Your employees are bombarded daily with more communication than most of them can consume. To stand out in the message smorgasbord — and get employees to dish up and gobble up your wellness and employee communications — you need to serve nourishing information that employees find relevant to their lives.
What does this mean?
Provide employees with communication that sends the message you value them as whole people with interests and concerns outside of work. Connect with employees on a more personal level so they know they matter to the company for more than what their job role may be. When a company does this, employees are often happier, healthier, and more productive team members.
Here are the five areas your employee communications should focus on:
- Physical wellbeing – nutrition, physical activity, preventive care, and disease management
- Emotional/mental wellbeing – stress, relationships, time management/organization, and work-life balance
- Financial wellbeing – debt reduction, savings, wise consumerism, insurance/benefits, investments, and retirement planning
- Community wellbeing – events, volunteering, local attractions, and supporting local businesses
- Career wellbeing – company news, job training/skill building, team building, and networking
All dimensions of wellbeing are interconnected and affect one another so be sure to cover all of them.
You can, and should, use a mix of media to reach your employees, starting with a regular newsletter that can serve as the main dish of your communication. For more on that, read “A newsletter can help any workplace wellness program overcome employee engagement challenges.”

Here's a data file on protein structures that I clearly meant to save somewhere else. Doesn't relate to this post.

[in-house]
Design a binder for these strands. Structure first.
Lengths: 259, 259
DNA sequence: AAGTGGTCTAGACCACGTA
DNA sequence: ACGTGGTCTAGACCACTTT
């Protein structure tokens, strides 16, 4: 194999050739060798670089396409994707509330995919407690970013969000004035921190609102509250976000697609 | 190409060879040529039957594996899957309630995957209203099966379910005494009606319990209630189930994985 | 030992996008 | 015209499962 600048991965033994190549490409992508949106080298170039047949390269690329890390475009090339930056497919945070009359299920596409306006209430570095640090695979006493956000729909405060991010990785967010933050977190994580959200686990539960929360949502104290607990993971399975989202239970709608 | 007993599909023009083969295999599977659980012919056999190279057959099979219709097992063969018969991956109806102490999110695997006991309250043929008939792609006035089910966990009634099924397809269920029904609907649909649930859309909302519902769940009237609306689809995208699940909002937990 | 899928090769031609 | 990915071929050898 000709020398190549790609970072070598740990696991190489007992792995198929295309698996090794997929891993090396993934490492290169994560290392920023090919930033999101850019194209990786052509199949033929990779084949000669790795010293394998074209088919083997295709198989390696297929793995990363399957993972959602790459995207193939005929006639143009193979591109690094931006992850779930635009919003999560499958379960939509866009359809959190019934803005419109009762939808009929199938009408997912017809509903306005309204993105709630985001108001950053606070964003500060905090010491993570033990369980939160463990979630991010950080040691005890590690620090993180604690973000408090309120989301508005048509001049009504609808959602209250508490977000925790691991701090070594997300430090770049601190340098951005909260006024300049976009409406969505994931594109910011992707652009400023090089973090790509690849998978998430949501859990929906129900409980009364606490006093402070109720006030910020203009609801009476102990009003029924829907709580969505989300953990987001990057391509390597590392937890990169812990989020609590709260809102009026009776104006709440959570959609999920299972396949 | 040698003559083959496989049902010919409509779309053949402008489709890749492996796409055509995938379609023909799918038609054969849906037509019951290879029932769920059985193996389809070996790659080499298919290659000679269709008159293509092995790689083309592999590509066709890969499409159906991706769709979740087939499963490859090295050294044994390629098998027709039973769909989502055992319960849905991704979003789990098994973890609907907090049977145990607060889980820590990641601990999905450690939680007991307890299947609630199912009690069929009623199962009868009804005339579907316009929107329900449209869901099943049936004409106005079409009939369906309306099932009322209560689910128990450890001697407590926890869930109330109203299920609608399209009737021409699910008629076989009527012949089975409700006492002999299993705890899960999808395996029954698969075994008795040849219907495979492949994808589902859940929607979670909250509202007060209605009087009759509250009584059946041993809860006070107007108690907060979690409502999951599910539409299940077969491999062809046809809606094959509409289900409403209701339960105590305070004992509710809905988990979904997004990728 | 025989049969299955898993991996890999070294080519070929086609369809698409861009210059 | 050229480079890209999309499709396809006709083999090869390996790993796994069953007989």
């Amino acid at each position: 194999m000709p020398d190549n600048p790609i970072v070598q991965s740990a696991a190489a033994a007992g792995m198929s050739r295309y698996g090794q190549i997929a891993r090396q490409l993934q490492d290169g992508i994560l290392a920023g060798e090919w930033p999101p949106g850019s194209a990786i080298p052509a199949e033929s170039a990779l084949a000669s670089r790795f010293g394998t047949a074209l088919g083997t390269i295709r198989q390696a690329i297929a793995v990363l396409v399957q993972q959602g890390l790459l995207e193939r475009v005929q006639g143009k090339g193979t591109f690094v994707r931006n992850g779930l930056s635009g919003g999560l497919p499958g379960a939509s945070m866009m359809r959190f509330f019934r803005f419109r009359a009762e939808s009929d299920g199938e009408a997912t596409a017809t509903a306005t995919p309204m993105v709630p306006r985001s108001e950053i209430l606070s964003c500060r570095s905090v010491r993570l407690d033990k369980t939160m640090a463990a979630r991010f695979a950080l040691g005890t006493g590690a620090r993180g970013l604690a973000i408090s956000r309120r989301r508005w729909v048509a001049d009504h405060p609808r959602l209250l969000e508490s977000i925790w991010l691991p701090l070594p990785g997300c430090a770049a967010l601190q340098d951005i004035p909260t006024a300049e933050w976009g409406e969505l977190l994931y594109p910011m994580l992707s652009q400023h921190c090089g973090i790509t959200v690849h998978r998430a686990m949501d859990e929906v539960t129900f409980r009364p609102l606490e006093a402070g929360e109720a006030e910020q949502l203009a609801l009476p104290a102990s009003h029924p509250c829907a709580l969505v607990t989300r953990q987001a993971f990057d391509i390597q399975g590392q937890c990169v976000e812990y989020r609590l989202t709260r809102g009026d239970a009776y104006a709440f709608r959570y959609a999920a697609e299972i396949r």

Communication done right can fuel your organization – feeding your employees with what they want and need to be happy, healthy, and bringing their best selves to work. You’ll likely need to invest some time and energy to make communication be all it can be, but fortunately, communication usually isn’t expensive if you’re committed and creative.
To help you make employee communications a priority, Hope at Work is taking a more detailed look at the issue once a month during the first quarter. In the March blog, we’ll delve deeper into answering the question: How do you make employee communication a priority?
What to do now:
- Download this infographic for a visual of the 5 areas your employee communications should focus on.
- Read these two previous articles on employee communications:
- Check out these success stories of how your colleagues are making communication a priority in their companies.
- Read this FREE eBook, “How to Put Communication First in Workplace Wellbeing,” for expert advice on how to implement a “communications-first” approach at your workplace.
What communication challenges are you facing? I can help find a solution that works for you. You can reach me at email@example.com or 800-334-4094.